But if you don’t believe in Loup and want to put this projection aside, it becomes Yarbrough that we’re talking about, and Yarbrough to face Seager, Turner, Muncy and Smith is simply a worse win-now decision than letting Glasnow give his best parting shot to those same batters.

After Seager walked, the decision to leave Glasnow in to face Turner (who he struck out) is obvious enough that I don’t think we need to talk about it.

Muncy, Smith, and Bellinger

Alert readers will notice a problem here. The projections I’m using have Glasnow better against a lefty 3rd TTO than Yarbrough against a lefty 1st TTO. That means that, assuming Glasnow is physically able to be himself, there is no point at which bringing in Yarbrough improves the Rays chances of winning.

So if your argument is that Yarbrough should come into the game, you need to make one of three contentions:

  1. Glasnow was tiring and no longer able to be himself. This is possible. He was eventually pulled at 112 pitches, a high for him.
  2. My 2.5% escalation understates the TTO penalty for Glasnow, who is basically a two pitch pitcher.
  3. Yarbrough is better against lefties than is represented here, perhaps because this method of distributing a split around an average projection fails for a pitcher who has no pitch type overlap between righties and lefties.

I think all of these are reasonable, although I don’t know if they’re true.

What I do know is that, once the inning got to Muncy, there was one out and runners on second and third. The leverage was a high-but-not-very 1.46, because the Dodgers win expectancy was already at 86.3%.

And the range of outcomes where the Rays wiggle out the current bind involve a strikeout. Of the two, Glasnow and Yarbrough, Glasnow is the one more likely to get that strikeout.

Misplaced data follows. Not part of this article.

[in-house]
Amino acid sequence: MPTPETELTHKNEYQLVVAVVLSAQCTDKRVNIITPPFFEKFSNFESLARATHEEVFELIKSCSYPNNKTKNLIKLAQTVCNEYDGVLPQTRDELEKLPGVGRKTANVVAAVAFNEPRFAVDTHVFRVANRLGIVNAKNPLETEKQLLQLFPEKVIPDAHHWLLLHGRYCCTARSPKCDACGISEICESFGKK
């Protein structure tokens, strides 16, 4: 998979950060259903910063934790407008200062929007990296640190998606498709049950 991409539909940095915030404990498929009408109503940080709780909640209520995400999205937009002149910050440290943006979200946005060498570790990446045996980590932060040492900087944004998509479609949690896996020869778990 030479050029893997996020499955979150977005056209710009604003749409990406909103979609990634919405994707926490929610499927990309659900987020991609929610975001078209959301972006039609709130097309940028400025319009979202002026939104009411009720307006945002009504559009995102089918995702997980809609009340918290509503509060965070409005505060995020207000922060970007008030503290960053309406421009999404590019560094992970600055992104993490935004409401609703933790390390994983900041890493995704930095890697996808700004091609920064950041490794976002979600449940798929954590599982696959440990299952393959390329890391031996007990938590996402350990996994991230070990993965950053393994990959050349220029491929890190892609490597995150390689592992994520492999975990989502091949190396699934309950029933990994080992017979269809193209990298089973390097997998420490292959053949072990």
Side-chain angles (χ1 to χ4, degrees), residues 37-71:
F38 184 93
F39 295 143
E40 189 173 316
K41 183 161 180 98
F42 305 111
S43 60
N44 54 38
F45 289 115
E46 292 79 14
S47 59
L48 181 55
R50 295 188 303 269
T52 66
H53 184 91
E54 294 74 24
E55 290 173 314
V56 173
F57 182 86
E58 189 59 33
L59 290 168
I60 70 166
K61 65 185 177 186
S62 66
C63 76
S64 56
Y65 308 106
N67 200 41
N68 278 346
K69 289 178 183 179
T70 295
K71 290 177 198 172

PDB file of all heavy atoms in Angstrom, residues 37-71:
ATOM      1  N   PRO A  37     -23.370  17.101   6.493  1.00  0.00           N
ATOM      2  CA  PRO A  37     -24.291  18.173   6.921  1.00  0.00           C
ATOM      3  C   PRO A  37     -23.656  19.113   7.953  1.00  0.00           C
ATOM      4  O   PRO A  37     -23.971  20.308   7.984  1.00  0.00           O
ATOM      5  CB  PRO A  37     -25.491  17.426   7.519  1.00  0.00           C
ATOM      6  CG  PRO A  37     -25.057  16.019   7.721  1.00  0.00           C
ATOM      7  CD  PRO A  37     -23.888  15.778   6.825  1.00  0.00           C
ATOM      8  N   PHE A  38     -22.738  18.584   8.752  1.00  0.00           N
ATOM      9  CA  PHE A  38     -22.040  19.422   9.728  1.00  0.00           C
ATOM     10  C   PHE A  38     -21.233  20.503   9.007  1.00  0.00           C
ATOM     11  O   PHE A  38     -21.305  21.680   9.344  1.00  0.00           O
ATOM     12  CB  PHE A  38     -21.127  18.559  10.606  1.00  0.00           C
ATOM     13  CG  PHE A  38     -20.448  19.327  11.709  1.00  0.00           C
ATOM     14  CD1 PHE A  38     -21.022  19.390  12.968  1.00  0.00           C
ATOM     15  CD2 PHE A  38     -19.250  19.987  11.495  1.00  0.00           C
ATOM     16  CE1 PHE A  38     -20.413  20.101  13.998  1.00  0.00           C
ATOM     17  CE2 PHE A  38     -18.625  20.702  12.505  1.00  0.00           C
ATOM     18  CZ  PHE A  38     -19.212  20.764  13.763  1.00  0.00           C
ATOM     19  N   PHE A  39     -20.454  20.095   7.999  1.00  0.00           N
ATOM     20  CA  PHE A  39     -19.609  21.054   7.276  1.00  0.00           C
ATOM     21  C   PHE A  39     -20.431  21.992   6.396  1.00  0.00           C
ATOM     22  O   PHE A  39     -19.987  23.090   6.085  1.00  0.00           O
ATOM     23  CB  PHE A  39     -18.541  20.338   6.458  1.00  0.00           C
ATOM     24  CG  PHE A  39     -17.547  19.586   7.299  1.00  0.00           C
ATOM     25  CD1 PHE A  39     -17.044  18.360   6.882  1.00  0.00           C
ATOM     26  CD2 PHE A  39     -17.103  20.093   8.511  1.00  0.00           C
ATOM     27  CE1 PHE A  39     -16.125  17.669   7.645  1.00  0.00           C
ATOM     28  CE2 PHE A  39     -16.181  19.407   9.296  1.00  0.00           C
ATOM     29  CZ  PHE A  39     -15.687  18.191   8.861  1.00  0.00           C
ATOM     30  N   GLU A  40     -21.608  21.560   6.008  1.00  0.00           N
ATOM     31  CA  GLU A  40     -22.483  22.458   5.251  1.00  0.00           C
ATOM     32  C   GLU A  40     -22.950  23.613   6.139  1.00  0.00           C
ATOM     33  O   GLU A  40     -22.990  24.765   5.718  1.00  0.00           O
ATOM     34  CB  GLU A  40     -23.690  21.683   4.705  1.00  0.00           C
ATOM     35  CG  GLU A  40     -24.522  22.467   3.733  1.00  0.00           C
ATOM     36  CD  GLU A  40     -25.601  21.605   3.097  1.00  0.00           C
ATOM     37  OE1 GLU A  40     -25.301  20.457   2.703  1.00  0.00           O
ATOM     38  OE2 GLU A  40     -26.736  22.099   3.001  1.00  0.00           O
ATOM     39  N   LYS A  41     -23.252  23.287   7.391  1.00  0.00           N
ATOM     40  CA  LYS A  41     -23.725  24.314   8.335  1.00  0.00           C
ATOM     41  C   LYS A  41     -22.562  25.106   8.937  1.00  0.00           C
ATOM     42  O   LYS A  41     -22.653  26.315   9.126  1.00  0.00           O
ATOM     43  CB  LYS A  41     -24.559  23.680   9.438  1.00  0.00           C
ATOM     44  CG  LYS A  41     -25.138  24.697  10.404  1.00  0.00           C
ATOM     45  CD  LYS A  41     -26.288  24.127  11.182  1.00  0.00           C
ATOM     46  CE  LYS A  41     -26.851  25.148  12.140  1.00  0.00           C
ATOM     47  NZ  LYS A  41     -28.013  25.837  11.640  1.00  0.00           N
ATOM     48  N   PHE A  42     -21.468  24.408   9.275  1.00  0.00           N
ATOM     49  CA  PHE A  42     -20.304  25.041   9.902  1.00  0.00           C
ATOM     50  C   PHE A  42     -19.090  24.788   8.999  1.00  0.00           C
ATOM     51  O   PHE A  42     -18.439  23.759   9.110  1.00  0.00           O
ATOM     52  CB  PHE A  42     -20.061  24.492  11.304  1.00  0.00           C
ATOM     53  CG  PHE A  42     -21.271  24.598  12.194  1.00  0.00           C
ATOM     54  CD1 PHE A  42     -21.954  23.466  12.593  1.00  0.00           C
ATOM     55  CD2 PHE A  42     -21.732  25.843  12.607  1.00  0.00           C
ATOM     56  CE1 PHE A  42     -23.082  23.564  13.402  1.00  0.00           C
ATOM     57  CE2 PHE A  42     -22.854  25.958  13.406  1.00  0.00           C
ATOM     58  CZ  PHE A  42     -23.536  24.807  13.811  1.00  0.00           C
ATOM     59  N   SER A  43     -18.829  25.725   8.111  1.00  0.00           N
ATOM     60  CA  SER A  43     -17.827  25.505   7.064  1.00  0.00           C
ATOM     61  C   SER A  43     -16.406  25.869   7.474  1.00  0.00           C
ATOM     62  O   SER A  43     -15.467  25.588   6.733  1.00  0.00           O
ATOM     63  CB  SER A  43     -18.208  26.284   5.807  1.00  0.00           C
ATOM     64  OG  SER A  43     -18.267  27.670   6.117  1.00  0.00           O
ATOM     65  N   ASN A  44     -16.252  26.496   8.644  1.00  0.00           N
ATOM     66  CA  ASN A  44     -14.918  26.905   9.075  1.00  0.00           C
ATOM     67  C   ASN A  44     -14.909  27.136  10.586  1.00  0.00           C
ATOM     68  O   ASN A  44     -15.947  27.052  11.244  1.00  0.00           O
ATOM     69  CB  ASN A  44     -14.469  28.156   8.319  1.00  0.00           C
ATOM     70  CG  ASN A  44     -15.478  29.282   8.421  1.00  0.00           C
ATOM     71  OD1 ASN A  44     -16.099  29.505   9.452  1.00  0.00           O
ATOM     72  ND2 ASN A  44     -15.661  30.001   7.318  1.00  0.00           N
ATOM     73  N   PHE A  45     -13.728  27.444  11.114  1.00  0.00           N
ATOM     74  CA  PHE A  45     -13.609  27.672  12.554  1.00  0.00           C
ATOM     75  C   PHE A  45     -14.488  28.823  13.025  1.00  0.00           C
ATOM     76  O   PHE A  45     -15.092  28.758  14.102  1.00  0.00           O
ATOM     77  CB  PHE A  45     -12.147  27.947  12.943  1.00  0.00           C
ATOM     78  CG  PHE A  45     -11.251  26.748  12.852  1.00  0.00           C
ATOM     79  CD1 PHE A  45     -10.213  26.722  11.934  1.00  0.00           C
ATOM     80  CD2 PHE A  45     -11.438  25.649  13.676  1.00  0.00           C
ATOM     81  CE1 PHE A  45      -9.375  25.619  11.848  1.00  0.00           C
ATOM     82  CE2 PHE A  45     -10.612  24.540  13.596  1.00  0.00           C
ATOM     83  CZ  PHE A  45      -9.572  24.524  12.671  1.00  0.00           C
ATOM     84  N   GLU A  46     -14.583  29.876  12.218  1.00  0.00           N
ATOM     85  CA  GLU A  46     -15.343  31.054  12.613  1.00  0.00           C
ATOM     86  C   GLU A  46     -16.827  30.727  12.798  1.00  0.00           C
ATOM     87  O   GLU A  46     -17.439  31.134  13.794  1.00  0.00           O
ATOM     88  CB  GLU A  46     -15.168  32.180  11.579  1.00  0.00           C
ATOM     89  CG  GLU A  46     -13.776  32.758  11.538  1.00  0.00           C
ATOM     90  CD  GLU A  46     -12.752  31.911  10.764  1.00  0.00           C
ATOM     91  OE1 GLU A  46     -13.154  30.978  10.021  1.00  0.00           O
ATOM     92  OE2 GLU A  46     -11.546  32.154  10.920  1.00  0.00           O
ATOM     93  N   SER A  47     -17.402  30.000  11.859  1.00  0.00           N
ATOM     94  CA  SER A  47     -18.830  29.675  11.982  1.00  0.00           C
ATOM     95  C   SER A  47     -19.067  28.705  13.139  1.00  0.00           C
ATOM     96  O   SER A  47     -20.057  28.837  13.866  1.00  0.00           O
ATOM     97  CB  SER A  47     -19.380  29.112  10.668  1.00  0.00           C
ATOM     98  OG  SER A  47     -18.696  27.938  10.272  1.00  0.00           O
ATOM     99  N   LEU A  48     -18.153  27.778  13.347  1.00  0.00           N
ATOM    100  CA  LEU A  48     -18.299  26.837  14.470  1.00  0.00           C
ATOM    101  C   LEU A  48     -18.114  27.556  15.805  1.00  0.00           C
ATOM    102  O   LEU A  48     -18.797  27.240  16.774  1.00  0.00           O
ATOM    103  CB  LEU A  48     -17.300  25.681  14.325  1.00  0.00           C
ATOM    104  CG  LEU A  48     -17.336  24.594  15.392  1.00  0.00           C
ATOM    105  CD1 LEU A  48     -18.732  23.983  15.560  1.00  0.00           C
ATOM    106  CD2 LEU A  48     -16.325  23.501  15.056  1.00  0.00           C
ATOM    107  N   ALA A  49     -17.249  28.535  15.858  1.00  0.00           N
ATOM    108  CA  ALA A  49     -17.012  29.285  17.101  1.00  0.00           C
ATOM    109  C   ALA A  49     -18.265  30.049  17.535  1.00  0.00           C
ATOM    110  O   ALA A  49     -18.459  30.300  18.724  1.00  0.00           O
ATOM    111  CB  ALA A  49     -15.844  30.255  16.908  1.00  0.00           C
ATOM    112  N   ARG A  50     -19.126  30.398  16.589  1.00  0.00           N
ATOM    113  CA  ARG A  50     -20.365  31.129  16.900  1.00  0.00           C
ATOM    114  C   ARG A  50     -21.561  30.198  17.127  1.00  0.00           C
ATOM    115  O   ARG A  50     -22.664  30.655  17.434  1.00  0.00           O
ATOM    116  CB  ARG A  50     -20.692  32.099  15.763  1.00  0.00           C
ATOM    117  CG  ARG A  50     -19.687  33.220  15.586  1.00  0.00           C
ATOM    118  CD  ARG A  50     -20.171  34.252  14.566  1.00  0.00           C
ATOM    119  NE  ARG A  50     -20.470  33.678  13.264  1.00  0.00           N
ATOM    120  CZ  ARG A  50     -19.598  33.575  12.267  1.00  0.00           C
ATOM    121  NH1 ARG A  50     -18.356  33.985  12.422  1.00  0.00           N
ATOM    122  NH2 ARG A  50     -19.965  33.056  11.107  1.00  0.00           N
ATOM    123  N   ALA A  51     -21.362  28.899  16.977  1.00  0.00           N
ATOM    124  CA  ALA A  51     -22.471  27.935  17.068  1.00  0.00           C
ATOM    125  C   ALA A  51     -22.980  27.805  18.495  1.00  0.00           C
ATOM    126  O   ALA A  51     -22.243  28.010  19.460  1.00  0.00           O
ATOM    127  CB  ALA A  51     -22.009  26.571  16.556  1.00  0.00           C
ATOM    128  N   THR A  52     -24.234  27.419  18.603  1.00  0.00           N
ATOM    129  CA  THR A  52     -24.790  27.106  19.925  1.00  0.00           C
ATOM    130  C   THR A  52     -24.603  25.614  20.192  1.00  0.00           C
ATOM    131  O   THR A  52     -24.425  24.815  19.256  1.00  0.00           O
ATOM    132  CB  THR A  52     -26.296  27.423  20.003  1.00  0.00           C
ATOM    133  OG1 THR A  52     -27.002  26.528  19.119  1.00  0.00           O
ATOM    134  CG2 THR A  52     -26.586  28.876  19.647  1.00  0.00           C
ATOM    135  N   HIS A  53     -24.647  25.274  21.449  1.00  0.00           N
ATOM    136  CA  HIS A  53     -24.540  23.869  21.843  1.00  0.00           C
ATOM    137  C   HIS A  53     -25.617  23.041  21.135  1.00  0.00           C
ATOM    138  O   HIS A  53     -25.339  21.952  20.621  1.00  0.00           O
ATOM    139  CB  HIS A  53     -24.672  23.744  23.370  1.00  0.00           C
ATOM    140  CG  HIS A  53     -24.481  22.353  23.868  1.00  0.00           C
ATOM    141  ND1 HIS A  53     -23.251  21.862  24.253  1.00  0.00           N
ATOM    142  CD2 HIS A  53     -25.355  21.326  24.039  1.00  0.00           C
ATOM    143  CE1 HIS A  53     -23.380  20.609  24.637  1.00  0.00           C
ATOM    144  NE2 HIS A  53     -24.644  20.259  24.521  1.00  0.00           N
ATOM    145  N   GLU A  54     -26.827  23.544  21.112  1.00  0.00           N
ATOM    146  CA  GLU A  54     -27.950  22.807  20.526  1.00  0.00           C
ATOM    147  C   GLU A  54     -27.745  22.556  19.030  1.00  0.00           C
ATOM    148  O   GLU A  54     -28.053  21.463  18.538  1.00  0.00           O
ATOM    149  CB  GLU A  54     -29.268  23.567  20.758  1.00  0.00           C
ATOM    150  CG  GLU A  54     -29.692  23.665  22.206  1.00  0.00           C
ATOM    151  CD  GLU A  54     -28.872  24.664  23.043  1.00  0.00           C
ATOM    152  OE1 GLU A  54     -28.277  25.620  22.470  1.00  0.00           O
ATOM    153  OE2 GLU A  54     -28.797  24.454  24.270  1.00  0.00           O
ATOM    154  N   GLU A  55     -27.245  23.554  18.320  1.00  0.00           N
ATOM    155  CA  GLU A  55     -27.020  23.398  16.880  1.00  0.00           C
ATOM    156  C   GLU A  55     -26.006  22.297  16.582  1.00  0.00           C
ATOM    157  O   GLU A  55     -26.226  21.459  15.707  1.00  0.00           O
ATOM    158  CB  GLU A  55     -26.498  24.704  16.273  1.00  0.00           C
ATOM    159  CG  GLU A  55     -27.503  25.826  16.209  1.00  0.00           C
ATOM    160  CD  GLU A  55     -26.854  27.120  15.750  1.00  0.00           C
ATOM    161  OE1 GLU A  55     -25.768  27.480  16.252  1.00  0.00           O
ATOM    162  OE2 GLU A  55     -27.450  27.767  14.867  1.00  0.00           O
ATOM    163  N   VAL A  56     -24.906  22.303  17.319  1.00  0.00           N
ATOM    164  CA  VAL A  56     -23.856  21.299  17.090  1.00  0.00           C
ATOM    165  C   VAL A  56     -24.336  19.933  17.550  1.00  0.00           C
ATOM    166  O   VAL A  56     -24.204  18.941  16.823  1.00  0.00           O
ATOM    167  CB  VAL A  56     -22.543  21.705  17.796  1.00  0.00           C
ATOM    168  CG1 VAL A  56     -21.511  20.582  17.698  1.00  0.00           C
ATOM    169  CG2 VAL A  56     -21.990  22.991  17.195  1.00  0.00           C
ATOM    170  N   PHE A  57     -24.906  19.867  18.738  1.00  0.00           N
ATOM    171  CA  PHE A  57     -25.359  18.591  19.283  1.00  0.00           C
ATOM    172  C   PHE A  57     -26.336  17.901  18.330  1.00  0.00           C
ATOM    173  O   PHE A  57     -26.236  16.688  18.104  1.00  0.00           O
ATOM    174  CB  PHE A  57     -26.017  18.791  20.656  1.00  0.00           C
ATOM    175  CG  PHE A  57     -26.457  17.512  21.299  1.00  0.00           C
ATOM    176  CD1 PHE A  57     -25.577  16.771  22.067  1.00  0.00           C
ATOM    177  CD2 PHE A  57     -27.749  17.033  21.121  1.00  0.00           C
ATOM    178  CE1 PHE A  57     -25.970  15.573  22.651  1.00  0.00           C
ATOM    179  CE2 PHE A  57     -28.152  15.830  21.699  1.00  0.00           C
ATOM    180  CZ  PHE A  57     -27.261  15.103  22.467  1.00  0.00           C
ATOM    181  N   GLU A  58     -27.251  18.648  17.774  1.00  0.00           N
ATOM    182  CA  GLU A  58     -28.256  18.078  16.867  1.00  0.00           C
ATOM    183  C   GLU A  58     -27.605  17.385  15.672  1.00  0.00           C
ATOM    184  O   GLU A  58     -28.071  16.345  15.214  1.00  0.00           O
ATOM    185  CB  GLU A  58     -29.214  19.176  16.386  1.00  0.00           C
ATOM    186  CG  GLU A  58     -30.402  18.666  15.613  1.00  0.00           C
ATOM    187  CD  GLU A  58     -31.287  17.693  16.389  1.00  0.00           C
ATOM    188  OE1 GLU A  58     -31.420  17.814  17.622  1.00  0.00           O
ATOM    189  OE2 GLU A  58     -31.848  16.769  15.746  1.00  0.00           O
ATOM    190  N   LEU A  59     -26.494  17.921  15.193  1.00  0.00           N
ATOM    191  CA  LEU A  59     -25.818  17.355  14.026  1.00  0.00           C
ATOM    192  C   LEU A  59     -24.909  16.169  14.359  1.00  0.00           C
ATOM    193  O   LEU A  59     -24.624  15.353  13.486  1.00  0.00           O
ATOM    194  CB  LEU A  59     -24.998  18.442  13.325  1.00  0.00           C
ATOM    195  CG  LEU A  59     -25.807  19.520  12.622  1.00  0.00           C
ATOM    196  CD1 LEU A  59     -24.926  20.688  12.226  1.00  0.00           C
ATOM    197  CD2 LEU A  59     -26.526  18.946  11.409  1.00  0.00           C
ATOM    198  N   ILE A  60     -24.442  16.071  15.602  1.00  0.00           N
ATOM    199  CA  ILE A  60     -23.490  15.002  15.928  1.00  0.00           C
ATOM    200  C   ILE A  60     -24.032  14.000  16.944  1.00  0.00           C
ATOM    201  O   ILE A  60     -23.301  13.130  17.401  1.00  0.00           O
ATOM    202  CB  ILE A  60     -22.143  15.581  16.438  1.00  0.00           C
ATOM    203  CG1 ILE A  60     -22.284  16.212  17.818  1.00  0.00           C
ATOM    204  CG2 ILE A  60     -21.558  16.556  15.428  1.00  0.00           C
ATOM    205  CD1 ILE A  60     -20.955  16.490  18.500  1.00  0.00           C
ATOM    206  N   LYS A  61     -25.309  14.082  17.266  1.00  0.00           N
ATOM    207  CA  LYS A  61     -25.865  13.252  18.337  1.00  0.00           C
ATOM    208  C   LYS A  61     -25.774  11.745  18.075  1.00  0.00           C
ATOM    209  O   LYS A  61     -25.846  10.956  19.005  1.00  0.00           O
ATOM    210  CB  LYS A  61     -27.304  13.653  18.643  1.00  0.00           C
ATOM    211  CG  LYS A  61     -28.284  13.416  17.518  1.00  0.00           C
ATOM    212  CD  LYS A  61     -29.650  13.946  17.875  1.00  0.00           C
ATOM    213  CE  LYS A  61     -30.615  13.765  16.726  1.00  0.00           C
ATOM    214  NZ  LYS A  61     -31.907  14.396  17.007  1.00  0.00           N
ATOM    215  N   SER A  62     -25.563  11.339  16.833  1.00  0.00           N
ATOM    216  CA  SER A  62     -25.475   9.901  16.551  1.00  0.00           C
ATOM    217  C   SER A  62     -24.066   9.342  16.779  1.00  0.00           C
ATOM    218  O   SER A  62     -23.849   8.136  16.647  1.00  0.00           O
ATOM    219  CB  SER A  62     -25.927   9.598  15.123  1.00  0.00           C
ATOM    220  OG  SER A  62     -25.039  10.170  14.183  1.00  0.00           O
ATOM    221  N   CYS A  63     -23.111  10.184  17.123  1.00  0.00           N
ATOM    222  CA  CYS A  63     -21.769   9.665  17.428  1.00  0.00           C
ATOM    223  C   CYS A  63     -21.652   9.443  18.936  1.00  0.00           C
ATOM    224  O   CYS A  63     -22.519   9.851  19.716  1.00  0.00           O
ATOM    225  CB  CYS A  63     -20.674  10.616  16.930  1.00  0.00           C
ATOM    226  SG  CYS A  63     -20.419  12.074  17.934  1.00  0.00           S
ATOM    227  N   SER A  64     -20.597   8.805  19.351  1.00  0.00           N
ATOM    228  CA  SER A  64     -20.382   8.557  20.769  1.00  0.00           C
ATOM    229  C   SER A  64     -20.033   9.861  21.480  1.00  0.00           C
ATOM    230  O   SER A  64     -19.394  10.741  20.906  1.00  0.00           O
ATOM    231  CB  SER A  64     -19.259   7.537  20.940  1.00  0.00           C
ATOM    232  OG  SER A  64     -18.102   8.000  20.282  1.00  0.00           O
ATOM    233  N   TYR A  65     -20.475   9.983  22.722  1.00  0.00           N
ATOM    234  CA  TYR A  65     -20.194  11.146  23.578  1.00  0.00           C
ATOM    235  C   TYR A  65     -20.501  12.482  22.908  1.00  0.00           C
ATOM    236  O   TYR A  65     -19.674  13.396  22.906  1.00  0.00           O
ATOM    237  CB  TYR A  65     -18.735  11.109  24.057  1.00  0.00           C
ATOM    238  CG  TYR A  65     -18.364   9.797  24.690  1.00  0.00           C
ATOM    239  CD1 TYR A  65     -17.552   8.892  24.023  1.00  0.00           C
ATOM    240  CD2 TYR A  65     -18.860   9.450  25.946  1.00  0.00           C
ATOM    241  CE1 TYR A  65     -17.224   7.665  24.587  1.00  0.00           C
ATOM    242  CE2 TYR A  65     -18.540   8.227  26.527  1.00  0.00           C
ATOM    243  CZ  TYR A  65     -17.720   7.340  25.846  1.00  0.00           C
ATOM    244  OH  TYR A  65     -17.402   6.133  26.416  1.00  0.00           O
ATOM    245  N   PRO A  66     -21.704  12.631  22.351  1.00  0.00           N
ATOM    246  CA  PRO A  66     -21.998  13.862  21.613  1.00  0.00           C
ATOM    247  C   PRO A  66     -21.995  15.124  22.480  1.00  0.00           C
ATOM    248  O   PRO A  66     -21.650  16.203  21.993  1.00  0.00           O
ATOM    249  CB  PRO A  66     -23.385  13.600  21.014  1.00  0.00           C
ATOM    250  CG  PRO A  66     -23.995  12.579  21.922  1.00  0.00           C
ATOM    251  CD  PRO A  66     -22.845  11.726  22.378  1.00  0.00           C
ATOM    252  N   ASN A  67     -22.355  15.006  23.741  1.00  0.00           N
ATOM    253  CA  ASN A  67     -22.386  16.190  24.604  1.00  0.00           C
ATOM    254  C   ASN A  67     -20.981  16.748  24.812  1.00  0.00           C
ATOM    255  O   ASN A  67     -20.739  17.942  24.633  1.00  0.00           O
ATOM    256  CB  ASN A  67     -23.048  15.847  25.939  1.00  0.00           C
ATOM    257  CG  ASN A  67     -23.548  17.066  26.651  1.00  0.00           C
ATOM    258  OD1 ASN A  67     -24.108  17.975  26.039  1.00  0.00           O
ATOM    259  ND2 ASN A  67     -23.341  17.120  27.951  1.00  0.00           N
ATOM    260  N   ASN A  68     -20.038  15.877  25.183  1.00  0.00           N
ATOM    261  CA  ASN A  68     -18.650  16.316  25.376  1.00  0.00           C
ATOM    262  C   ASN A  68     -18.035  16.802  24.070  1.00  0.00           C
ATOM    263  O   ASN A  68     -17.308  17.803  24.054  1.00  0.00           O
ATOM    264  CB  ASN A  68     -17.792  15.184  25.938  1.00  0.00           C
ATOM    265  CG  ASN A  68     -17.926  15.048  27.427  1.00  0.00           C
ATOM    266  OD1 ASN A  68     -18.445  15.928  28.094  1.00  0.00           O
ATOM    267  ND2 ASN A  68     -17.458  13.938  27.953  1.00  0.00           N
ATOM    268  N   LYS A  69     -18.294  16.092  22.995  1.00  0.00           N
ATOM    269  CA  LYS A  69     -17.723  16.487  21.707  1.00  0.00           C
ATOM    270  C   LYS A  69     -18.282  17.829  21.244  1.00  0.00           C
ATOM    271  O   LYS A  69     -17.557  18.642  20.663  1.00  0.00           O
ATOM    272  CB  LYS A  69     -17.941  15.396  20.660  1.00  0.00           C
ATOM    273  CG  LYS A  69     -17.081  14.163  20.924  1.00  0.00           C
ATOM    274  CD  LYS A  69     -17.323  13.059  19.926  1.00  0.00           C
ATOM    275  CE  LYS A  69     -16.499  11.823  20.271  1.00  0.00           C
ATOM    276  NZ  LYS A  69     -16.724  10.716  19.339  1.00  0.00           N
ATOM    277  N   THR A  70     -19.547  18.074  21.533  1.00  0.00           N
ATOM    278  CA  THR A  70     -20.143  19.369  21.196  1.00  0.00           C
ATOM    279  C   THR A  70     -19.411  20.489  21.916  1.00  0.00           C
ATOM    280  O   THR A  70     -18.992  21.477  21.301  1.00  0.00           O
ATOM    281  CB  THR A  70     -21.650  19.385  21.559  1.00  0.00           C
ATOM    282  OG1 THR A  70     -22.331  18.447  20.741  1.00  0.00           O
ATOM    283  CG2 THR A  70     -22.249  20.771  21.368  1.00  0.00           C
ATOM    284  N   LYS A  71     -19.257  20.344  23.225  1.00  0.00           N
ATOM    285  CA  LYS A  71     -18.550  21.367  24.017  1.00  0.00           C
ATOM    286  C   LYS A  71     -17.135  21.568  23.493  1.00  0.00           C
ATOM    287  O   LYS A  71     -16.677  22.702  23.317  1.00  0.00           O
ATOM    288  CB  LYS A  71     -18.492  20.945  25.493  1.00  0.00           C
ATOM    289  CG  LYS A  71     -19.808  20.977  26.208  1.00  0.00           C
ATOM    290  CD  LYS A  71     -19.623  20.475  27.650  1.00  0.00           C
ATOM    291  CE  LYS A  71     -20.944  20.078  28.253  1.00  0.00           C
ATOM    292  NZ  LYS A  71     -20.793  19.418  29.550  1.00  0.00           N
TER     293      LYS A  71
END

Also maybe Loup. Don’t forget Loup.

Conclusion

Game one was an unusual, awkward situation for Rays fans. All season long they’ve watched Kevin Cash bring in his best relievers early when the Rays are ahead, and watched him try to steal innings with lesser arms when the Rays are behind. Watching yesterday, there’s an easy impulse to interpret the fifth inning as Cash “playing for tomorrow” in the world series.

But that’s not what was going on.

Comparisons to the “quick hook” Cash had for Morton in game seven of the ALCS fail, because that quick hook actually came an inning and two thirds later, when the Rays were in a position to bring in their absolute best relievers and use them the rest of the way through the game.

That’s not possible in the fifth inning, and the definition of “highly competitive” relievers is different when the Rays are facing the Dodgers’ balanced lineup as opposed to when facing the righty-heavy Astros or Yankees. John Curtiss and Ryan Thompson are no longer on the table as “A- Bullpen” options. It’s fair to question where Castillo and Loup sit in the pecking order.

And a Rays comeback would almost by definition create high leverage situations later on in the game where Cash would want to call on Anderson or Fairbanks.

Sticking with Tyler Glasnow in the fifth inning was not a “soft punt,” or “throwing in the towel,” or anything else one might want to call it. Because of Glasnow’s quality, it was a calculated, competitive choice that very possibly gave the Rays their best shot at winning the game.

It just didn’t work.